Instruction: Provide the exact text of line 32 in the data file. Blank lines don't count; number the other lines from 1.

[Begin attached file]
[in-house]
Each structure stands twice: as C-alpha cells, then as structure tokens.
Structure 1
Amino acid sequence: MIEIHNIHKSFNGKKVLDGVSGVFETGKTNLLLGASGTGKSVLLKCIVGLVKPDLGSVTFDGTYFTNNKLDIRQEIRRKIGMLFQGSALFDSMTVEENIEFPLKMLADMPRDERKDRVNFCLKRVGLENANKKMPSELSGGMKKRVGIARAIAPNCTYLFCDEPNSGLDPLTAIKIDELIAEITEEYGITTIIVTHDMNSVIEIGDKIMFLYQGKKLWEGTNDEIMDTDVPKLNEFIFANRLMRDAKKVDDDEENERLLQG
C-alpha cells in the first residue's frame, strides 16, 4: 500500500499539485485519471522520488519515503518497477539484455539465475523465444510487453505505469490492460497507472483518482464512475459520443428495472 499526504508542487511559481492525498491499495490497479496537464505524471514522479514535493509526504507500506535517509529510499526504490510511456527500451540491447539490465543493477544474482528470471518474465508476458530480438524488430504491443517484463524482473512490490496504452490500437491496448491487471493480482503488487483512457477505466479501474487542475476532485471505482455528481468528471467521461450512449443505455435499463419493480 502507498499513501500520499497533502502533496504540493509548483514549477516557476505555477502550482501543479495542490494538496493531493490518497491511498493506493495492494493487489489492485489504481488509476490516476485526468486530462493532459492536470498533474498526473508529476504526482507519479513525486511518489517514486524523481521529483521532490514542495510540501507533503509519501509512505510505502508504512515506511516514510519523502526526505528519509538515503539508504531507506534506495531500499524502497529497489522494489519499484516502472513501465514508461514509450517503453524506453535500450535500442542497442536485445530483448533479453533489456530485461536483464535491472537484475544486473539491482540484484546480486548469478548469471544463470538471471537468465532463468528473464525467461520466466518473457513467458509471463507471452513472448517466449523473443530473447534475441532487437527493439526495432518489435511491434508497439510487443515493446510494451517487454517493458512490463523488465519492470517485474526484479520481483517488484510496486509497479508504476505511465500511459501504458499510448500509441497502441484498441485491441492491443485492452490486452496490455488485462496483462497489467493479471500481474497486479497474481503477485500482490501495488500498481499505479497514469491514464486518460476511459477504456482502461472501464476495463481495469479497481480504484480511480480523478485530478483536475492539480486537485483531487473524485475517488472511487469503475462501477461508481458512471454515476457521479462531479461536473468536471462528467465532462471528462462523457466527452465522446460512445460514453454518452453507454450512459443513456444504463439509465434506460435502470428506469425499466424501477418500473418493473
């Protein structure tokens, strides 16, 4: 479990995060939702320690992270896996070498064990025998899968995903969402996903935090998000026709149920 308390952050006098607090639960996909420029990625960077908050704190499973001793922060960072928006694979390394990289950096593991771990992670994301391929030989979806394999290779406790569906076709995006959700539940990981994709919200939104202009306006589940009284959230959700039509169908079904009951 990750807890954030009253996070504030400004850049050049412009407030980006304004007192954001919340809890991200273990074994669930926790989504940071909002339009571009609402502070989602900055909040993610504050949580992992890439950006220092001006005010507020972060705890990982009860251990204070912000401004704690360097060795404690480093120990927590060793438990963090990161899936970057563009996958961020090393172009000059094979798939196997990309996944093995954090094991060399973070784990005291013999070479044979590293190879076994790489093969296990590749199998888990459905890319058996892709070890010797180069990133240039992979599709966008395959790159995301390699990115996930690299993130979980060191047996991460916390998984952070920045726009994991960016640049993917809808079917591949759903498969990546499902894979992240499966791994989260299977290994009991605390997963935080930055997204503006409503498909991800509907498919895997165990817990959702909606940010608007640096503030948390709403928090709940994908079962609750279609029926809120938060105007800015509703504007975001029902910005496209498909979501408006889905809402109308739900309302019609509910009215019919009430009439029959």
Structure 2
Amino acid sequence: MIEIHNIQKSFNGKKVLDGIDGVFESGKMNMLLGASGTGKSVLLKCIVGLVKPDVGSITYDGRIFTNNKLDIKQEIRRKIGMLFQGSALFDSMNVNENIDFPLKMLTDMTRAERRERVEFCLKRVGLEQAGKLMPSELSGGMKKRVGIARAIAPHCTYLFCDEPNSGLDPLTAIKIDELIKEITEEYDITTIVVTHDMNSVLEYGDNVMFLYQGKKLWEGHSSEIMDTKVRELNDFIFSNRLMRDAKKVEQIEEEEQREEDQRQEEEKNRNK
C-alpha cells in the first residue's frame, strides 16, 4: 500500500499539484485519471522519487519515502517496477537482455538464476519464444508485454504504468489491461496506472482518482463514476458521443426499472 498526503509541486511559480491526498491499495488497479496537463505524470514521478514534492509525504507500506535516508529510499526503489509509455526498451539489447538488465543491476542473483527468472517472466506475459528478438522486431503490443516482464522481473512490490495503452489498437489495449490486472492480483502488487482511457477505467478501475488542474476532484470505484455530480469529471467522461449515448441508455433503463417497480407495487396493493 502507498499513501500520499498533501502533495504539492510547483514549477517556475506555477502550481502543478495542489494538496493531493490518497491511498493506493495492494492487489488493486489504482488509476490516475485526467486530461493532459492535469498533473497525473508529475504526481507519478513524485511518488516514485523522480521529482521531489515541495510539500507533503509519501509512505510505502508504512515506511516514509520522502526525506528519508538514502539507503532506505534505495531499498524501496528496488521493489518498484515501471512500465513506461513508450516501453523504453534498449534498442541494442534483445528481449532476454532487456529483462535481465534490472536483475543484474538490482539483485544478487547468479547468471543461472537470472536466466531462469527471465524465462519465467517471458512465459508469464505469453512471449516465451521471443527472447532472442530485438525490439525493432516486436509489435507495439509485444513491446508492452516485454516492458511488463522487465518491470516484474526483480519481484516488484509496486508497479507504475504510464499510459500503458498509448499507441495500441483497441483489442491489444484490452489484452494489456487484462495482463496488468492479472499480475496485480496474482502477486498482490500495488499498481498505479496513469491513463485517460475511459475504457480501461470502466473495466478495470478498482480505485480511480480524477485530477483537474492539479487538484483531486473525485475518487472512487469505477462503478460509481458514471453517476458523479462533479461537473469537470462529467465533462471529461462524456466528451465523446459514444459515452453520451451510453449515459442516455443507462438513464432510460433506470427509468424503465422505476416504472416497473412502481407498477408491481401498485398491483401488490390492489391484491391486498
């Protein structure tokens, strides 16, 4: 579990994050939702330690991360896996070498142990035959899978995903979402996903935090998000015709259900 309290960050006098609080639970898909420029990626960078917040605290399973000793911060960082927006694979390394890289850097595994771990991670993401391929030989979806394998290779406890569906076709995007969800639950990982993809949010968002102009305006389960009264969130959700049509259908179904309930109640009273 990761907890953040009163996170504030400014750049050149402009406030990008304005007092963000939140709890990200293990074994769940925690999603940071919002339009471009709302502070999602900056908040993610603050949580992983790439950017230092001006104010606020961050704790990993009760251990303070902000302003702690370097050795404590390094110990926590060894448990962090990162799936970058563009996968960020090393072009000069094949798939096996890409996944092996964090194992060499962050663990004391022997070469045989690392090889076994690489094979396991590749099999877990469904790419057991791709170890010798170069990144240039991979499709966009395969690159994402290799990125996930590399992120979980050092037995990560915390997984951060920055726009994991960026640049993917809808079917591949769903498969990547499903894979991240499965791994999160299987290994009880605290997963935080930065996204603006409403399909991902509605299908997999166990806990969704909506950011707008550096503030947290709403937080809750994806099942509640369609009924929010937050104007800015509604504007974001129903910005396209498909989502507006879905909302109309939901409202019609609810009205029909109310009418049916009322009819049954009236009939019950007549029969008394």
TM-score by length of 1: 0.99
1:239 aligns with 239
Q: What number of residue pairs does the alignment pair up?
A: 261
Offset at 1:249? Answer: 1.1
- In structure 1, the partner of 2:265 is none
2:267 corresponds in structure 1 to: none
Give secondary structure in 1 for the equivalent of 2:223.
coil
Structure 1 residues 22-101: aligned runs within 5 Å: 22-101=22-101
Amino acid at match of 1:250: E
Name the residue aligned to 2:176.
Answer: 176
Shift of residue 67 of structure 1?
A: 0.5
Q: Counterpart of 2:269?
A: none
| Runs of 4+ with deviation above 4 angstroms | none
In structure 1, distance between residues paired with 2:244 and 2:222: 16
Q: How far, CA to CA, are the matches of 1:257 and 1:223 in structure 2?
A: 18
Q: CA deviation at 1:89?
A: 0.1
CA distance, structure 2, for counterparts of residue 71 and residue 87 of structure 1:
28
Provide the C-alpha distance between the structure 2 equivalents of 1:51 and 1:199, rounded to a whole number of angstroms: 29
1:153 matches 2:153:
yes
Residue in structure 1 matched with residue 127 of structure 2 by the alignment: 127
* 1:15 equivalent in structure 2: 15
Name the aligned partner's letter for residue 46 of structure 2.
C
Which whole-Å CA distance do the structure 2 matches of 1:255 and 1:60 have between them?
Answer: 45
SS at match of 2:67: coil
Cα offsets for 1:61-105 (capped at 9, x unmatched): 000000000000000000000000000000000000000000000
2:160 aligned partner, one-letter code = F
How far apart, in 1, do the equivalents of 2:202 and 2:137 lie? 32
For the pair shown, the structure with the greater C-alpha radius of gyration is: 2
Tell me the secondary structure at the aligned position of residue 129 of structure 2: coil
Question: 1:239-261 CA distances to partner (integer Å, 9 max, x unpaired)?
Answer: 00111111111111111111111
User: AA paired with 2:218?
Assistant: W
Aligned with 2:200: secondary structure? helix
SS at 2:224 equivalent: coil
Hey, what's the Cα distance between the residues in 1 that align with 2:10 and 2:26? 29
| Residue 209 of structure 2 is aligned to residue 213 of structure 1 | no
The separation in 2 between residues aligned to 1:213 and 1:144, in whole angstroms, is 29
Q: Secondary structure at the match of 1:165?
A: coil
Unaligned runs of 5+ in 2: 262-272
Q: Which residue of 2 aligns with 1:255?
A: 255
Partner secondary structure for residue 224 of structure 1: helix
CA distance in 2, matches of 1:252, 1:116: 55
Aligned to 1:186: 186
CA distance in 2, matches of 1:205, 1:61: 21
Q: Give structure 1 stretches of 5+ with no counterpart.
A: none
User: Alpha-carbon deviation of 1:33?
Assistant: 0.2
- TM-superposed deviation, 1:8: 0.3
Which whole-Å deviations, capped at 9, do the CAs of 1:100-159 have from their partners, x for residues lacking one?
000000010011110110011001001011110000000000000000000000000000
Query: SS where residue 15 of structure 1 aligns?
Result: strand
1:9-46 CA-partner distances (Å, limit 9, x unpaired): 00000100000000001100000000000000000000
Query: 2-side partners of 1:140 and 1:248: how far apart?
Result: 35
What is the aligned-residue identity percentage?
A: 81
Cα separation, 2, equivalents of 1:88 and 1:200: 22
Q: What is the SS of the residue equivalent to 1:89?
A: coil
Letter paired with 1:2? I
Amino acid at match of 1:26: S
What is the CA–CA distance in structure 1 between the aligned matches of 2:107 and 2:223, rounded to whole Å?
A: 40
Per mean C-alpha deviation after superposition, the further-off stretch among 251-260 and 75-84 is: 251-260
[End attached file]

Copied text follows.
Q: CA deviation at 1:89?